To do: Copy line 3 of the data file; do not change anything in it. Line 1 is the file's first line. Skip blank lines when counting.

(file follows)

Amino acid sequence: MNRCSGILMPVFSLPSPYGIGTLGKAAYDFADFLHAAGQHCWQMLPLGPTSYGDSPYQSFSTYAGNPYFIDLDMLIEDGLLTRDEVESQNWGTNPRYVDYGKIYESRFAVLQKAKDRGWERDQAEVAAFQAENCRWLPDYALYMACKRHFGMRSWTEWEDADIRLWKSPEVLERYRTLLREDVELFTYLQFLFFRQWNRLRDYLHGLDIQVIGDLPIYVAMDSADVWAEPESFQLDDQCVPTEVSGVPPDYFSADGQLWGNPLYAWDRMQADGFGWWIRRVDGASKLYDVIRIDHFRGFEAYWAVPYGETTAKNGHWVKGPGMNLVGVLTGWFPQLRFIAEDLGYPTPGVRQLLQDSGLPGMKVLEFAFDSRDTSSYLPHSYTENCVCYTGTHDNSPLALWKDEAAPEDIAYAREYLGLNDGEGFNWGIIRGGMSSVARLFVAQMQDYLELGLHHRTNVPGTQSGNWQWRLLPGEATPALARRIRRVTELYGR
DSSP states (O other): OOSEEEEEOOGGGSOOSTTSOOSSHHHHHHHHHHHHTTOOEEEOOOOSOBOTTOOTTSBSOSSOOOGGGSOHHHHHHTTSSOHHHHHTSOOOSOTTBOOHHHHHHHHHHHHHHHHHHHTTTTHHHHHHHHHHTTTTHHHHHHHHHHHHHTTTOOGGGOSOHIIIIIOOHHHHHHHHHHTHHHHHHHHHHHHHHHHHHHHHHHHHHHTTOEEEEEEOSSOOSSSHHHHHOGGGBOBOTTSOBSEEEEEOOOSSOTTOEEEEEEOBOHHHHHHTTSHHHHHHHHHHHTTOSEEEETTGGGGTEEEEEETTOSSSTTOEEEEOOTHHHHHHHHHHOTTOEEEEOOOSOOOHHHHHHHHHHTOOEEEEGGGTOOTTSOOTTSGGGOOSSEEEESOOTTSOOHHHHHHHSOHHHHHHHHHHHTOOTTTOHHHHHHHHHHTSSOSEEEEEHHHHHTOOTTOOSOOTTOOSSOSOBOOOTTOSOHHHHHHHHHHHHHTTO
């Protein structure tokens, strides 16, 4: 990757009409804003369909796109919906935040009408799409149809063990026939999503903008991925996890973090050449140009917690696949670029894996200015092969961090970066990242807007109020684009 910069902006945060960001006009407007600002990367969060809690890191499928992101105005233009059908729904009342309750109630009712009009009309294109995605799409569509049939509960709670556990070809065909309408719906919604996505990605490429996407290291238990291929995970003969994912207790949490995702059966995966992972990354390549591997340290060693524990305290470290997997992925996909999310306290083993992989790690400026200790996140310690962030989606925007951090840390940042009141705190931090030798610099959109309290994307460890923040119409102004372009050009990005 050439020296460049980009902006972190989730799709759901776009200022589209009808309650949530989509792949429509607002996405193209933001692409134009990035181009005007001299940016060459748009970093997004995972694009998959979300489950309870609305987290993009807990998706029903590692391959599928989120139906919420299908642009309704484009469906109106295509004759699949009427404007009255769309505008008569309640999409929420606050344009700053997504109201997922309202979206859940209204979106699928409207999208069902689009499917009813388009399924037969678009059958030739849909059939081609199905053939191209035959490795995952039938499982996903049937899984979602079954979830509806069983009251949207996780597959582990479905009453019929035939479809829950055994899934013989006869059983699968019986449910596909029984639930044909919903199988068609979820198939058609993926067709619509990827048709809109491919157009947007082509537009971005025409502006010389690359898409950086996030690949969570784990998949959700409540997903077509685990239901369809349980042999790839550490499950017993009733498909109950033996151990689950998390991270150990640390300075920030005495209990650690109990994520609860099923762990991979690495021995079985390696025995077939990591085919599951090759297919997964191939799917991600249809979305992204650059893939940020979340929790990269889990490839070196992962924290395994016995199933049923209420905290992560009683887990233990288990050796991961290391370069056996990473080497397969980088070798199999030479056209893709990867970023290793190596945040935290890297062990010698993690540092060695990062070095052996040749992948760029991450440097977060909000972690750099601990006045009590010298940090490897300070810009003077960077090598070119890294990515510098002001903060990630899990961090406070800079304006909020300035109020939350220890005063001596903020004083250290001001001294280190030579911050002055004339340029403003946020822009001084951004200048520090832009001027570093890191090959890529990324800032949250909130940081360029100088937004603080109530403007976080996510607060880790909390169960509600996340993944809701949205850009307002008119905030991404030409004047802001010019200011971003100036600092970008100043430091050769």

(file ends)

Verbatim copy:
């Protein structure tokens, strides 16, 4: 990757009409804003369909796109919906935040009408799409149809063990026939999503903008991925996890973090050449140009917690696949670029894996200015092969961090970066990242807007109020684009 910069902006945060960001006009407007600002990367969060809690890191499928992101105005233009059908729904009342309750109630009712009009009309294109995605799409569509049939509960709670556990070809065909309408719906919604996505990605490429996407290291238990291929995970003969994912207790949490995702059966995966992972990354390549591997340290060693524990305290470290997997992925996909999310306290083993992989790690400026200790996140310690962030989606925007951090840390940042009141705190931090030798610099959109309290994307460890923040119409102004372009050009990005 050439020296460049980009902006972190989730799709759901776009200022589209009808309650949530989509792949429509607002996405193209933001692409134009990035181009005007001299940016060459748009970093997004995972694009998959979300489950309870609305987290993009807990998706029903590692391959599928989120139906919420299908642009309704484009469906109106295509004759699949009427404007009255769309505008008569309640999409929420606050344009700053997504109201997922309202979206859940209204979106699928409207999208069902689009499917009813388009399924037969678009059958030739849909059939081609199905053939191209035959490795995952039938499982996903049937899984979602079954979830509806069983009251949207996780597959582990479905009453019929035939479809829950055994899934013989006869059983699968019986449910596909029984639930044909919903199988068609979820198939058609993926067709619509990827048709809109491919157009947007082509537009971005025409502006010389690359898409950086996030690949969570784990998949959700409540997903077509685990239901369809349980042999790839550490499950017993009733498909109950033996151990689950998390991270150990640390300075920030005495209990650690109990994520609860099923762990991979690495021995079985390696025995077939990591085919599951090759297919997964191939799917991600249809979305992204650059893939940020979340929790990269889990490839070196992962924290395994016995199933049923209420905290992560009683887990233990288990050796991961290391370069056996990473080497397969980088070798199999030479056209893709990867970023290793190596945040935290890297062990010698993690540092060695990062070095052996040749992948760029991450440097977060909000972690750099601990006045009590010298940090490897300070810009003077960077090598070119890294990515510098002001903060990630899990961090406070800079304006909020300035109020939350220890005063001596903020004083250290001001001294280190030579911050002055004339340029403003946020822009001084951004200048520090832009001027570093890191090959890529990324800032949250909130940081360029100088937004603080109530403007976080996510607060880790909390169960509600996340993944809701949205850009307002008119905030991404030409004047802001010019200011971003100036600092970008100043430091050769």